British Carriers, Part One
While the British government is often portrayed as having done little or nothing to prepare for the Second World War, this stretches the truth. Winston Churchill, a Member of Parliament in the mid-1930’s, indeed harangued that body and the public with a series of motions and speeches decrying Britain’s lack of sufficient modern weaponry. Complaints are easy to lodge: speak or write a few words, and you’ve done your bit. Prime Minister Stanley Baldwin had the unenviable task of actually accomplishing re-armament.
During 1934 and 1935, the “Peace Ballot,” a widely-based poll of British voters (more than 11 million respondents) showed Britons in favor of the League of Nations and against a military buildup by overwhelming margins. Nevertheless, the Baldwin government commenced a huge military program, rebuilding every useful Royal Navy battleship and commencing many new warships, including the Illustrious-class aircraft carriers, four of which were laid down in 1937 and completed in 1940 and 1941. Soon British shipyards were working at maximum capacity.
The Illustrious class was followed by the two-ship Implacable class, laid down in 1939 and completed in 1944. Implacable began as an improved Illustrious, but the list of improvements soon expanded as did the ship herself. Illustrious had many fine qualities, particularly her armored flight deck, but an enormous drawback: an air group smaller than those of ships the Japanese and Americans classed as light carriers. The new ship needed to be faster than Illustrious as well, and carry a heavier anti-aircraft armament.
Those changes went far beyond simple improvements, and Implacable would have to be a new design (though she incorporated many features of Illustrious). To accommodate more planes, Implacable would have a second, lower hangar. Initial plans put the upper hangar’s height at only 14 feet, and the lower hangar’s at 16 feet (the same as the single hangar of Illustrious). Fourteen feet was considered acceptable for any aircraft likely to come into Fleet Air Arm service, so both hangars were set at that height, allowing the addition of a gallery deck between the hangars to accommodate the increased aircrew and support personnel.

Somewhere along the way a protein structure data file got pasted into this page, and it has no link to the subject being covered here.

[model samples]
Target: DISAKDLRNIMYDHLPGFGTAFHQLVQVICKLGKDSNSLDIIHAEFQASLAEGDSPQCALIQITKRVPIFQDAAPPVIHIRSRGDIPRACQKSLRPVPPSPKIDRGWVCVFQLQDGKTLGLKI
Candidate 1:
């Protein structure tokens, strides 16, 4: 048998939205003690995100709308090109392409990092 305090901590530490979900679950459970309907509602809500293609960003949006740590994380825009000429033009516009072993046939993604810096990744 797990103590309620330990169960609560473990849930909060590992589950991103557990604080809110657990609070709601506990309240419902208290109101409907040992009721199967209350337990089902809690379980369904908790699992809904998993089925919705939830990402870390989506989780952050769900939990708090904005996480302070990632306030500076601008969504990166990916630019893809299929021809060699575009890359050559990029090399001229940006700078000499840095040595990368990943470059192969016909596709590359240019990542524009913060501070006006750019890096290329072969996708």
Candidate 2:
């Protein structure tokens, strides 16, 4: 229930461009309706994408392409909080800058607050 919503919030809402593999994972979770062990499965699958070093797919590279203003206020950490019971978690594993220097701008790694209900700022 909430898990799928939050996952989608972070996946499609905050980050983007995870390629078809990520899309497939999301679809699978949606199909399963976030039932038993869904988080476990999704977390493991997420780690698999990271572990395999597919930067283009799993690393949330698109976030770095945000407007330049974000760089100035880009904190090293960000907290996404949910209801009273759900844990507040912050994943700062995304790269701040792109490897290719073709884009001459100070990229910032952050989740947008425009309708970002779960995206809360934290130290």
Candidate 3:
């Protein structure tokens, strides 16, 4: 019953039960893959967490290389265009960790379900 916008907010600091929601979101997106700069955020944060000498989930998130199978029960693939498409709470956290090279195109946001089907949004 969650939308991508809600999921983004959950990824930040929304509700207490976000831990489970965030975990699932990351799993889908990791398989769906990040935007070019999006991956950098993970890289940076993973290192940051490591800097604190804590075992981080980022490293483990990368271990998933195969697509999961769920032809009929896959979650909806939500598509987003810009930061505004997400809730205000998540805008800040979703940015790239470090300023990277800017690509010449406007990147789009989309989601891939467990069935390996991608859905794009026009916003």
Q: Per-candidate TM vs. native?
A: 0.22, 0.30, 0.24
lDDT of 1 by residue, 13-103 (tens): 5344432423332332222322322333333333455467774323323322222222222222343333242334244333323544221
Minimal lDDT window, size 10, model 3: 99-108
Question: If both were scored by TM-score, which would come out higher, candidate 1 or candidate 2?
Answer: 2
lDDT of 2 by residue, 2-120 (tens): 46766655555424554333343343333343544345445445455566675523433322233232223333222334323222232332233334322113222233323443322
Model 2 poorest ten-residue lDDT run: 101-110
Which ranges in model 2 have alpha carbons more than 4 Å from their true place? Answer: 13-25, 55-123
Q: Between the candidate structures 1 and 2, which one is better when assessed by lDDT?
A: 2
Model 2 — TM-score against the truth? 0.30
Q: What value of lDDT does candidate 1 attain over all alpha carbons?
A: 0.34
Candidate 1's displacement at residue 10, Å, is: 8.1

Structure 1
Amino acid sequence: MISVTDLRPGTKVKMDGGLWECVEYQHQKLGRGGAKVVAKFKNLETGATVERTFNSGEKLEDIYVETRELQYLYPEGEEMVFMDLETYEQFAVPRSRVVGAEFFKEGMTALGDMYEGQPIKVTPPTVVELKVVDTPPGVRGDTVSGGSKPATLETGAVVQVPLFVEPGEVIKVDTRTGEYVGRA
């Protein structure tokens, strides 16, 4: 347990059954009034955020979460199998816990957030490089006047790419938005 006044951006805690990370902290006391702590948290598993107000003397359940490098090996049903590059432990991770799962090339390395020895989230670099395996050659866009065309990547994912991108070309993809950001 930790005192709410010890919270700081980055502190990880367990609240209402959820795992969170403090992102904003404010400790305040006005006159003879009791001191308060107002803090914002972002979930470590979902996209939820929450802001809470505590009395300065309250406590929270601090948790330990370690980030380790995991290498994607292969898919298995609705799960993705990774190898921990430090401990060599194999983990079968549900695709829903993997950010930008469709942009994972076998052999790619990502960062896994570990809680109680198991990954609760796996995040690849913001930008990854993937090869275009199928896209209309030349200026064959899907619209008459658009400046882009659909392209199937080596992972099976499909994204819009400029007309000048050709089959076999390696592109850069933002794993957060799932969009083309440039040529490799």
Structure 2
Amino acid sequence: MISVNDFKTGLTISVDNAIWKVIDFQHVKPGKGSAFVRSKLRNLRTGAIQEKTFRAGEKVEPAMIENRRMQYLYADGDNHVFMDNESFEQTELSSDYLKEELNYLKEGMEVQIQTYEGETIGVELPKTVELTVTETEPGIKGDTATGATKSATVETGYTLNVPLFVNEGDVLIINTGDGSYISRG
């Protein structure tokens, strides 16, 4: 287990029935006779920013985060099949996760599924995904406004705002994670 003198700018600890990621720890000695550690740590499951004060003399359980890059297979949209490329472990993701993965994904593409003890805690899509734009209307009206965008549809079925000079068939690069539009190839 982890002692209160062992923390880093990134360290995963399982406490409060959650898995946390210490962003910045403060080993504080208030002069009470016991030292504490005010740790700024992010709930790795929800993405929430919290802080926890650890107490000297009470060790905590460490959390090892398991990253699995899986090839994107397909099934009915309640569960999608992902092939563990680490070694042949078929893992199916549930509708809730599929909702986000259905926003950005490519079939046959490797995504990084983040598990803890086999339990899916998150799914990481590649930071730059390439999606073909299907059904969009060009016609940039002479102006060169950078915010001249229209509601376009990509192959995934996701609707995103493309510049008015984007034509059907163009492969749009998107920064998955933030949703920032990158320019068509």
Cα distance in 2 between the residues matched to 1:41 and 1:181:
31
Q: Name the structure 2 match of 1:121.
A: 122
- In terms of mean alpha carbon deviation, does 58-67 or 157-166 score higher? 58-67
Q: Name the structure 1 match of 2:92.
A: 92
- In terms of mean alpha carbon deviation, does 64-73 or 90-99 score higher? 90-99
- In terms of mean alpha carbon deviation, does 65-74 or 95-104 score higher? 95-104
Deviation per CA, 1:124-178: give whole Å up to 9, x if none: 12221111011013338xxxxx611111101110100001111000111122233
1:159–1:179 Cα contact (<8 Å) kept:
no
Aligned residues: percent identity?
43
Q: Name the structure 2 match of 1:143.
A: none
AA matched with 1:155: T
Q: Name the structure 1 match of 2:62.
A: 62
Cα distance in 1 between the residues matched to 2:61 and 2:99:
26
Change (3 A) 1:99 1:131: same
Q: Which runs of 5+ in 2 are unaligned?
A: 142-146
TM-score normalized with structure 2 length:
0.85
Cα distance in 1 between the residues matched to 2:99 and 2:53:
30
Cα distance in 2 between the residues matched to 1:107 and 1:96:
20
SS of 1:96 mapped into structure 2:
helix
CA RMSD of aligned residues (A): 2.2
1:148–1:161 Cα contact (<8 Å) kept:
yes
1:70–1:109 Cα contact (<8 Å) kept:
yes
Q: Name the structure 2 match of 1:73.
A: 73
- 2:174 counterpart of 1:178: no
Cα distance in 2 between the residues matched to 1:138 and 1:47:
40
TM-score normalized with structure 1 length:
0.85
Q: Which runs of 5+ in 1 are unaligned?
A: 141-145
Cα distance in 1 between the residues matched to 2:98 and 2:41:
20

Implacable shows her low-ceilinged upper hangar.
With the additional hangar plus a deck park, Implacable could carry an air group of 72 planes, exactly twice that of Illustrious (33 in the upper hangar, 15 in the lower hangar, 24 on deck). But the decision to reduce the hangar height meant that Implacable would not be able to operate late-war American aircraft like the F4U Corsair. The heavier anti-aircraft armament resulted in an oddly-shaped flight deck, with numerous cut-outs to accommodate gun positions and their fields of fire.
To make her designed speed of 31 knots, Implacable simply had four sets of turbines and boilers, each producing 37,000 horsepower and driving its own propeller shaft, where Illustrious had three identical sets for 111,000 horsepower. Implacable actually beat her target speed on trials, making 32 knots; Illustrious had made 30.
Implacable was laid down in March 1939 and her sister Indefatigable in November; wartime priorities slowed their construction and both were completed in 1944. They saw action in the bombing raids against the German battleship Tirpitz and in the Far East against the Japanese. Scheduled for modernization in the 1950’s, the delays and cost overruns incurred in rebuilding Victorious caused the project’s cancellation. After a proposed sale of Indefatigable to Argentina fell through both were scrapped in the mid-1950’s, having seen only a few years of active service.